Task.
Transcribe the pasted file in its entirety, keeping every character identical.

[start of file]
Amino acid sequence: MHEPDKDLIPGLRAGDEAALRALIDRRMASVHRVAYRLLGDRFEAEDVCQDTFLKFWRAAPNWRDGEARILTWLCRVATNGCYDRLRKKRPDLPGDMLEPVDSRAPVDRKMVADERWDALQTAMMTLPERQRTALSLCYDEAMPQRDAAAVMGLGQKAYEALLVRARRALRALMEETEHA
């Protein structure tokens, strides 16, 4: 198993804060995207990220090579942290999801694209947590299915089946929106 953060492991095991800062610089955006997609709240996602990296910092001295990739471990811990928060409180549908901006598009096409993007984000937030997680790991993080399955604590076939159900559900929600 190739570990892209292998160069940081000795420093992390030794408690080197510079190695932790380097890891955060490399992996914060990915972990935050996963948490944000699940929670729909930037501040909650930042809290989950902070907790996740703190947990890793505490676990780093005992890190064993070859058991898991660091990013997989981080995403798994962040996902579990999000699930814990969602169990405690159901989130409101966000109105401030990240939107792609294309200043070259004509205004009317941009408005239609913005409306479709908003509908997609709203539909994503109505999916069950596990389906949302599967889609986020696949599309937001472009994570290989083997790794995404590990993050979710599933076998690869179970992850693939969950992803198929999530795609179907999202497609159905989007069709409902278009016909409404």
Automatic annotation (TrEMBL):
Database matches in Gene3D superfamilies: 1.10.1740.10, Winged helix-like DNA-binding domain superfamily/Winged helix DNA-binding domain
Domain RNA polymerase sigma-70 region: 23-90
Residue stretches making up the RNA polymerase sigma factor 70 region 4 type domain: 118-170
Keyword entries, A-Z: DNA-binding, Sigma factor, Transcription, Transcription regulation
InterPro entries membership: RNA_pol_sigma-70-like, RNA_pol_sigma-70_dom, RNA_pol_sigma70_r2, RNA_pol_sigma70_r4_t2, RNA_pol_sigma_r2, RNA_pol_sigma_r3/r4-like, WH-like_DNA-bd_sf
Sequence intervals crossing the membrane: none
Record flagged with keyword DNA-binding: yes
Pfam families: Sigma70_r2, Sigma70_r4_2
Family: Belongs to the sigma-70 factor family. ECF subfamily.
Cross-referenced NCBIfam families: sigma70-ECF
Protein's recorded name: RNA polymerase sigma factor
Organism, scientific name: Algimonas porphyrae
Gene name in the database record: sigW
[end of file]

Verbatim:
Amino acid sequence: MHEPDKDLIPGLRAGDEAALRALIDRRMASVHRVAYRLLGDRFEAEDVCQDTFLKFWRAAPNWRDGEARILTWLCRVATNGCYDRLRKKRPDLPGDMLEPVDSRAPVDRKMVADERWDALQTAMMTLPERQRTALSLCYDEAMPQRDAAAVMGLGQKAYEALLVRARRALRALMEETEHA
């Protein structure tokens, strides 16, 4: 198993804060995207990220090579942290999801694209947590299915089946929106 953060492991095991800062610089955006997609709240996602990296910092001295990739471990811990928060409180549908901006598009096409993007984000937030997680790991993080399955604590076939159900559900929600 190739570990892209292998160069940081000795420093992390030794408690080197510079190695932790380097890891955060490399992996914060990915972990935050996963948490944000699940929670729909930037501040909650930042809290989950902070907790996740703190947990890793505490676990780093005992890190064993070859058991898991660091990013997989981080995403798994962040996902579990999000699930814990969602169990405690159901989130409101966000109105401030990240939107792609294309200043070259004509205004009317941009408005239609913005409306479709908003509908997609709203539909994503109505999916069950596990389906949302599967889609986020696949599309937001472009994570290989083997790794995404590990993050979710599933076998690869179970992850693939969950992803198929999530795609179907999202497609159905989007069709409902278009016909409404």
Automatic annotation (TrEMBL):
Database matches in Gene3D superfamilies: 1.10.1740.10, Winged helix-like DNA-binding domain superfamily/Winged helix DNA-binding domain
Domain RNA polymerase sigma-70 region: 23-90
Residue stretches making up the RNA polymerase sigma factor 70 region 4 type domain: 118-170
Keyword entries, A-Z: DNA-binding, Sigma factor, Transcription, Transcription regulation
InterPro entries membership: RNA_pol_sigma-70-like, RNA_pol_sigma-70_dom, RNA_pol_sigma70_r2, RNA_pol_sigma70_r4_t2, RNA_pol_sigma_r2, RNA_pol_sigma_r3/r4-like, WH-like_DNA-bd_sf
Sequence intervals crossing the membrane: none
Record flagged with keyword DNA-binding: yes
Pfam families: Sigma70_r2, Sigma70_r4_2
Family: Belongs to the sigma-70 factor family. ECF subfamily.
Cross-referenced NCBIfam families: sigma70-ECF
Protein's recorded name: RNA polymerase sigma factor
Organism, scientific name: Algimonas porphyrae
Gene name in the database record: sigW